We also got some use out of 'knock' gesture controls. With your knuckle, you can draw a C to open up the camera, E for opening Chrome, M for the Notepad and W for the weather – all of these default commands are customizable with different apps. 

There’s now also an easier way to take screenshots and record screencasts: just knock twice on the screen with one knuckle to snap a screencap. Use two knuckles to start and stop the screen-capturing video. One more neat trick: you can draw an S for a scrolling screenshot.

Battery life

  • Big 3,000mAh battery and lower Full HD resolution are a great combo
  • 24-hour battery life can last even longer with power-saving tweaks
  • Charges slowly, especially without the included Huawei charger

You can go more than a day with the Honor 8 battery thanks to the fact that it has a 3,000mAh battery capacity and a lower-resolution display with fewer pixels firing all at once.

That 5.2-inch 1080p display is the key this phone’s day-plus battery life, and we went a day-and-a-half with significant screen-on time before the battery gave out completely.

How did it last so long? There are new battery manager tricks to eke out several extra hours of battery life from this phone. Different 'Power Plans' detail the exact number of minutes you can get at different performance levels. The last one on the list turns the Honor 8 into a very basic phone with big dialer, messaging and contacts buttons in black and white.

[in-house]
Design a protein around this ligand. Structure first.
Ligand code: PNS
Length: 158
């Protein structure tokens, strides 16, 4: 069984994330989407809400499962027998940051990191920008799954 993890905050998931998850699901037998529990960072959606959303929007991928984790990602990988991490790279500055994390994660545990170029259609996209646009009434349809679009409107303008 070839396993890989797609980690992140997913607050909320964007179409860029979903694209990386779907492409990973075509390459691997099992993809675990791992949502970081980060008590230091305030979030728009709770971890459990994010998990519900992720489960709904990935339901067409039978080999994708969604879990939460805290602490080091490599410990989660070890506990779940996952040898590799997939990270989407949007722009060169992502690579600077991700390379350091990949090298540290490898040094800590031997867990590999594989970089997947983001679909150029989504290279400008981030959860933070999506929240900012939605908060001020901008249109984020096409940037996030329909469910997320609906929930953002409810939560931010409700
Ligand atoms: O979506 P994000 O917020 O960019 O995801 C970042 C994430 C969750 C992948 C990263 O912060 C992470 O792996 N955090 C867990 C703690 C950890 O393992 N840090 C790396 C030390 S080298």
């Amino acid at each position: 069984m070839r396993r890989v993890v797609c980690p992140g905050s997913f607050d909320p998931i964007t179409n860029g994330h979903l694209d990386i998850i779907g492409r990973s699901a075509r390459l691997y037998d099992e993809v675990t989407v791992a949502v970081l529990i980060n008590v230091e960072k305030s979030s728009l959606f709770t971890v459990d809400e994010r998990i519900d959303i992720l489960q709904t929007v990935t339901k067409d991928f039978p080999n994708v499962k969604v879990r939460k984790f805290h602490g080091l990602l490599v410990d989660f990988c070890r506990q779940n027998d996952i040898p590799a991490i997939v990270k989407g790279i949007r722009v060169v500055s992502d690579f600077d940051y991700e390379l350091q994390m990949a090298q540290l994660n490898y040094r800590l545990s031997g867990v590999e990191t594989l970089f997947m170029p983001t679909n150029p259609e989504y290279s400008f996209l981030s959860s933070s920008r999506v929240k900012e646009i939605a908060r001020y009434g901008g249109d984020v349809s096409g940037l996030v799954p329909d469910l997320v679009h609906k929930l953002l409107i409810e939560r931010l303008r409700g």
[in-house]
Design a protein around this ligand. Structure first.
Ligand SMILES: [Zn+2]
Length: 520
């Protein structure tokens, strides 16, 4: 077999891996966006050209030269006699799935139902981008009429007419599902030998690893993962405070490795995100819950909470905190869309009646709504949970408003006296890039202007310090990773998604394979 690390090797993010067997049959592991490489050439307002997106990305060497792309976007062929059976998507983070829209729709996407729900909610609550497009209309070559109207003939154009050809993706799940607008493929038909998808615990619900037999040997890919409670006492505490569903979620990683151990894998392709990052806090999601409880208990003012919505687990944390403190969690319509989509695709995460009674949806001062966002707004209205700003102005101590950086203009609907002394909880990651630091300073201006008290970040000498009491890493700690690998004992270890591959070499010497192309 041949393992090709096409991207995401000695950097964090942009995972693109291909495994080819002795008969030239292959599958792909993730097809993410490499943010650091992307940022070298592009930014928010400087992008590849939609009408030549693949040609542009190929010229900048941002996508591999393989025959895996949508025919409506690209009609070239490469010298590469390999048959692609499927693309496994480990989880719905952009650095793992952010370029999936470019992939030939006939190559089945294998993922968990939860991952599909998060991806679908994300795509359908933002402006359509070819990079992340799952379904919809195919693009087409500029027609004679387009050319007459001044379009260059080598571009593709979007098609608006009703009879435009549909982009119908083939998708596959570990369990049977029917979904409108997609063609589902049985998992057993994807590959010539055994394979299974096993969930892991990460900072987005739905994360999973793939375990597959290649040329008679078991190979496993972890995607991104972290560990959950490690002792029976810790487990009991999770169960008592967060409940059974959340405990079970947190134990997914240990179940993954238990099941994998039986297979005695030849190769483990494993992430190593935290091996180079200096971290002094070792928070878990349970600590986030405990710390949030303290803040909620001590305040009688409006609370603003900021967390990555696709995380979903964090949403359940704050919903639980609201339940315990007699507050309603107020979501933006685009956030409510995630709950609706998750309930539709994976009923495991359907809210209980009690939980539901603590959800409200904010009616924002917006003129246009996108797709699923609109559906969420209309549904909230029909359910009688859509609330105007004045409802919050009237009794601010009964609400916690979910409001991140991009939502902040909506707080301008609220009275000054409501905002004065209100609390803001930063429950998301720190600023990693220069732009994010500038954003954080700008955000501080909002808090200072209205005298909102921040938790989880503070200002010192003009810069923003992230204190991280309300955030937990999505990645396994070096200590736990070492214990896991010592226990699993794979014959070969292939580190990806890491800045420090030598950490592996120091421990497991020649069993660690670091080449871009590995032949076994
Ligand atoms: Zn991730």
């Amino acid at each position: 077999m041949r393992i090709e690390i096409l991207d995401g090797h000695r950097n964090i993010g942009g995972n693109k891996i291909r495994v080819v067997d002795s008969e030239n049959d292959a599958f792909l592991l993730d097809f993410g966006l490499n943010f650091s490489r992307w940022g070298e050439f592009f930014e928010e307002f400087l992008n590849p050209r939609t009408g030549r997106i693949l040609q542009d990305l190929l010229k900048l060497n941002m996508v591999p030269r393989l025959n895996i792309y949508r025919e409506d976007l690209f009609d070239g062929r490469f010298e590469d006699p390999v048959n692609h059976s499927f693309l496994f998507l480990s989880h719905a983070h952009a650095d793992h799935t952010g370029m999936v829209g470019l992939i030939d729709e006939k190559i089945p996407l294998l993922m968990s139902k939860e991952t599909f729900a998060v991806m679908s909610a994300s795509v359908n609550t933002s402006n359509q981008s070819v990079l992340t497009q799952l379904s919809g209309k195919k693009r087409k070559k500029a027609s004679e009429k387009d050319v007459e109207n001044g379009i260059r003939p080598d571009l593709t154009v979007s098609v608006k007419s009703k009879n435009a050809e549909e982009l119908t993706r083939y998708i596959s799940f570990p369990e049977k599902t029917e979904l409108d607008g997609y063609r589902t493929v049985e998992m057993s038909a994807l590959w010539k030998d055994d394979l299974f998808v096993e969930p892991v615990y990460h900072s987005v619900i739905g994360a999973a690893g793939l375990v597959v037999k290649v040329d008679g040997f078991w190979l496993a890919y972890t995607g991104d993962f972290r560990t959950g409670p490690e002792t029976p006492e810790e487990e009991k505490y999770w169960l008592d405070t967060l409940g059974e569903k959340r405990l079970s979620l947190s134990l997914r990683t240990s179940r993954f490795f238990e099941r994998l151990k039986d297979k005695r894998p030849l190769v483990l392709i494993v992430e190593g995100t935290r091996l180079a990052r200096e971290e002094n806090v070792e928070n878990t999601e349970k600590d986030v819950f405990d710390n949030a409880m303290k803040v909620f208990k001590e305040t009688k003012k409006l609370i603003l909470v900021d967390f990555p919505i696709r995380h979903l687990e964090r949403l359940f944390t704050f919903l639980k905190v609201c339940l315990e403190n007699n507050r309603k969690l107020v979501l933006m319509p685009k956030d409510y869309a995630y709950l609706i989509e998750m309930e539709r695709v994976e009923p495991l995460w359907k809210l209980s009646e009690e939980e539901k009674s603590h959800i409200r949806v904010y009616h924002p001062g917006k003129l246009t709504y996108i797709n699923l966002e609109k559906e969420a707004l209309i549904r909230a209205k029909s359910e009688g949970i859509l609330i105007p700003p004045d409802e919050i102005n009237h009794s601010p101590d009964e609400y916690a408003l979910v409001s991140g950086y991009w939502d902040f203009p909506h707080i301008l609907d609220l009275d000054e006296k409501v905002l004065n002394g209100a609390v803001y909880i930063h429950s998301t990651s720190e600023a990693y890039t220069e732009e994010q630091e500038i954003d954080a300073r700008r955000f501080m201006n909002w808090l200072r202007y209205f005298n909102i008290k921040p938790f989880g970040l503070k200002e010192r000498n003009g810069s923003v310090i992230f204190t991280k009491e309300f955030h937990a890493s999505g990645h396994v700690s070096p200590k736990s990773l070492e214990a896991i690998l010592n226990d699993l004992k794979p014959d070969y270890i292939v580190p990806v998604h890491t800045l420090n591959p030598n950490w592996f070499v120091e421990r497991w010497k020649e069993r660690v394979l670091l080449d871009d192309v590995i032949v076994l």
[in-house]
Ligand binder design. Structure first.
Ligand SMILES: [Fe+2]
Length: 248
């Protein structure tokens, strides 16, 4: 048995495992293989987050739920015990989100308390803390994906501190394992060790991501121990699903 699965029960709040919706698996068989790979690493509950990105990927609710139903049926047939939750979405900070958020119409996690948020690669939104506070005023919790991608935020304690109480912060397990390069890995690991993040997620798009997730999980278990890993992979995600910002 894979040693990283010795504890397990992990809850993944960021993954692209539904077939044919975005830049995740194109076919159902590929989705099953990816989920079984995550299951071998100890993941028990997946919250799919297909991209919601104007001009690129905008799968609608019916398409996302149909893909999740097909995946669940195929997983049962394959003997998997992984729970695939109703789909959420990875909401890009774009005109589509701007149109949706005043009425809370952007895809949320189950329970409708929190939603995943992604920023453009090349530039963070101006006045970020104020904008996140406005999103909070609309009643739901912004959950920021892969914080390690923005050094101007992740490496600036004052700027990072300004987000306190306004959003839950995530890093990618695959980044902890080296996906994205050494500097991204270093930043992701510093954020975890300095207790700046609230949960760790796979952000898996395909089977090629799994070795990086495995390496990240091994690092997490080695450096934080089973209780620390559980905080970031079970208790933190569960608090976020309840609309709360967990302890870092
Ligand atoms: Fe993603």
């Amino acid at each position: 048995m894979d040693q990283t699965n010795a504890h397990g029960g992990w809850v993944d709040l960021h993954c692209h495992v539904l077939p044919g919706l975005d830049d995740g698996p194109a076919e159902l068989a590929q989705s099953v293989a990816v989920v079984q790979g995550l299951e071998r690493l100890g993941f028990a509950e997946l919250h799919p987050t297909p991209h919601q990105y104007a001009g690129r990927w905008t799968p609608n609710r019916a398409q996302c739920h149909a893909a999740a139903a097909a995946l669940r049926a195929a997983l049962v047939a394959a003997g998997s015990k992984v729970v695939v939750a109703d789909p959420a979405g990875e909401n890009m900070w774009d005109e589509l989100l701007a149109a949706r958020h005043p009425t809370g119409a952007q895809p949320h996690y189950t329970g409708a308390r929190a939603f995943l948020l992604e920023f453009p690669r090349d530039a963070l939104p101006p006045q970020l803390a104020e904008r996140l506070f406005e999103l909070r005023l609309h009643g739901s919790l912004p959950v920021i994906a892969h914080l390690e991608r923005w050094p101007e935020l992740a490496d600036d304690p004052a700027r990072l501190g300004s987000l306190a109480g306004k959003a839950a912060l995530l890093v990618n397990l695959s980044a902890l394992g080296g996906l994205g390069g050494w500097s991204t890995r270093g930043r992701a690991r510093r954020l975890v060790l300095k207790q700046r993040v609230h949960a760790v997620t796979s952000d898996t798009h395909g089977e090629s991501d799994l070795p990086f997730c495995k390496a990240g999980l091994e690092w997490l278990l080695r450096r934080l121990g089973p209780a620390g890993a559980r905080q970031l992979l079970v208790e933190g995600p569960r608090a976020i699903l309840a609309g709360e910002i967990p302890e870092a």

Our battery life test involves running a looped HD video for 90 minutes, during which time the phone lost 20% of its fully charged battery. These better-than-average results, combined with battery life saving tricks, will give you more than a day of use.

Charging the Honor 8 via its USB-C isn’t the fastest, with the phone taking 106 minutes to get from 0% to 100% using the included charger. It doesn't use Qualcomm's Quick Charge 3.0, so you can't rapidly charge it with non-Huawei chargers – it will just juice up at normal speeds.

It’s not all bad news, though. We were able to reach 25% just 15 minutes into charging with the included Huawei charger, and that kept steady at 50% in 30 minutes. It’s just that the fast charging rate drops off every minute after that and adds up down the line.

Even with its slower-than-average charging speeds and fussy fast-charging cable compatibility, the Honor 8's battery life is more than adequate for a full day. Just don’t forget your Huawei charger if you’re away from home longer than that.


  • Two 12MP cameras on back for slightly better composite shots
  • Selfie photos also look a tad better than mid-range competition
  • No 4K video or optical image stabilization to smooth out shakiness

There’s a lot of emphasis on the Honor 8 camera because there are three: two lenses on back, one selfie camera in front and three reasons for Huawei to rave about them all – to a degree.

The 12MP dual rear cameras don’t actually double photo quality, but they do take slightly better pictures than Honor 8’s closest mid-range smartphone rivals, the OnePlus 3 and ZTE Axon 7.

It pairs two f/2.2 aperture cameras right next to each other in a bump-free design, and they're identical to the Huawei P9 cameras. One shoots rich color photos and the other snaps monochrome images. The combined photos provide more light and increased sharpness.

Autofocus proved to be fast and accurate with this dual-camera setup, and you can adjust the bokeh in edit mode. Snap a photo and then blur backgrounds and foregrounds from f/0.95 to f/1. There’s a nice distinction between focus points and plenty of layers to chose from, so it’s more advanced than Samsung’s layer-limited selective focus mode.